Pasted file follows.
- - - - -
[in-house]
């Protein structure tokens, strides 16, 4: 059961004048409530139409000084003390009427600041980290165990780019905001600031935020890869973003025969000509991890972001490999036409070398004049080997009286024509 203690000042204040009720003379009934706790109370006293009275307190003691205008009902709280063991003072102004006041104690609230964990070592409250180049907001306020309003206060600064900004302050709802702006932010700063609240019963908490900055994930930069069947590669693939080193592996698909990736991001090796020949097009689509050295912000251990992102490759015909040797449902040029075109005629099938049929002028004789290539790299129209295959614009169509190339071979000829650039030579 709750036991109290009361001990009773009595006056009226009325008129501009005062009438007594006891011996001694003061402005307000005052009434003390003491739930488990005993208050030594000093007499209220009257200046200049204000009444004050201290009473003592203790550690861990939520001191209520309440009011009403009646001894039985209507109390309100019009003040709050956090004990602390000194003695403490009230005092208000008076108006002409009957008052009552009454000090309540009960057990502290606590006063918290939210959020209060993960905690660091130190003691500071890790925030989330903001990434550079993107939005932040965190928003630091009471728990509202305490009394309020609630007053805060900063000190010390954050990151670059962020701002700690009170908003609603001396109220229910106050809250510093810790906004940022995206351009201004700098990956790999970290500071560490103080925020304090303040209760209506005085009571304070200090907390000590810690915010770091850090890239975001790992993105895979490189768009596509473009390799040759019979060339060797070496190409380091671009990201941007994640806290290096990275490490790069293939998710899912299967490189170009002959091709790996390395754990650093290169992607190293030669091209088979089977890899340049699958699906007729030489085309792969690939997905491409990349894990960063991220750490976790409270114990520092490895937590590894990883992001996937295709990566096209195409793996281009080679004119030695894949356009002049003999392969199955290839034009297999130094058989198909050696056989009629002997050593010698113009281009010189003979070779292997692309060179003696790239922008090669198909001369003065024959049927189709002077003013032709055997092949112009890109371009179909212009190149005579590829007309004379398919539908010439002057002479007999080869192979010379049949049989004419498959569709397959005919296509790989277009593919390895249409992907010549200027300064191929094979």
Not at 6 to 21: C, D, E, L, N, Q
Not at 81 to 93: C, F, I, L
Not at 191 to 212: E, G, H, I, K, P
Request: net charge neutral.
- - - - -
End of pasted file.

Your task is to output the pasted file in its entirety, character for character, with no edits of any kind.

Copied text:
[in-house]
């Protein structure tokens, strides 16, 4: 059961004048409530139409000084003390009427600041980290165990780019905001600031935020890869973003025969000509991890972001490999036409070398004049080997009286024509 203690000042204040009720003379009934706790109370006293009275307190003691205008009902709280063991003072102004006041104690609230964990070592409250180049907001306020309003206060600064900004302050709802702006932010700063609240019963908490900055994930930069069947590669693939080193592996698909990736991001090796020949097009689509050295912000251990992102490759015909040797449902040029075109005629099938049929002028004789290539790299129209295959614009169509190339071979000829650039030579 709750036991109290009361001990009773009595006056009226009325008129501009005062009438007594006891011996001694003061402005307000005052009434003390003491739930488990005993208050030594000093007499209220009257200046200049204000009444004050201290009473003592203790550690861990939520001191209520309440009011009403009646001894039985209507109390309100019009003040709050956090004990602390000194003695403490009230005092208000008076108006002409009957008052009552009454000090309540009960057990502290606590006063918290939210959020209060993960905690660091130190003691500071890790925030989330903001990434550079993107939005932040965190928003630091009471728990509202305490009394309020609630007053805060900063000190010390954050990151670059962020701002700690009170908003609603001396109220229910106050809250510093810790906004940022995206351009201004700098990956790999970290500071560490103080925020304090303040209760209506005085009571304070200090907390000590810690915010770091850090890239975001790992993105895979490189768009596509473009390799040759019979060339060797070496190409380091671009990201941007994640806290290096990275490490790069293939998710899912299967490189170009002959091709790996390395754990650093290169992607190293030669091209088979089977890899340049699958699906007729030489085309792969690939997905491409990349894990960063991220750490976790409270114990520092490895937590590894990883992001996937295709990566096209195409793996281009080679004119030695894949356009002049003999392969199955290839034009297999130094058989198909050696056989009629002997050593010698113009281009010189003979070779292997692309060179003696790239922008090669198909001369003065024959049927189709002077003013032709055997092949112009890109371009179909212009190149005579590829007309004379398919539908010439002057002479007999080869192979010379049949049989004419498959569709397959005919296509790989277009593919390895249409992907010549200027300064191929094979």
Not at 6 to 21: C, D, E, L, N, Q
Not at 81 to 93: C, F, I, L
Not at 191 to 212: E, G, H, I, K, P
Request: net charge neutral.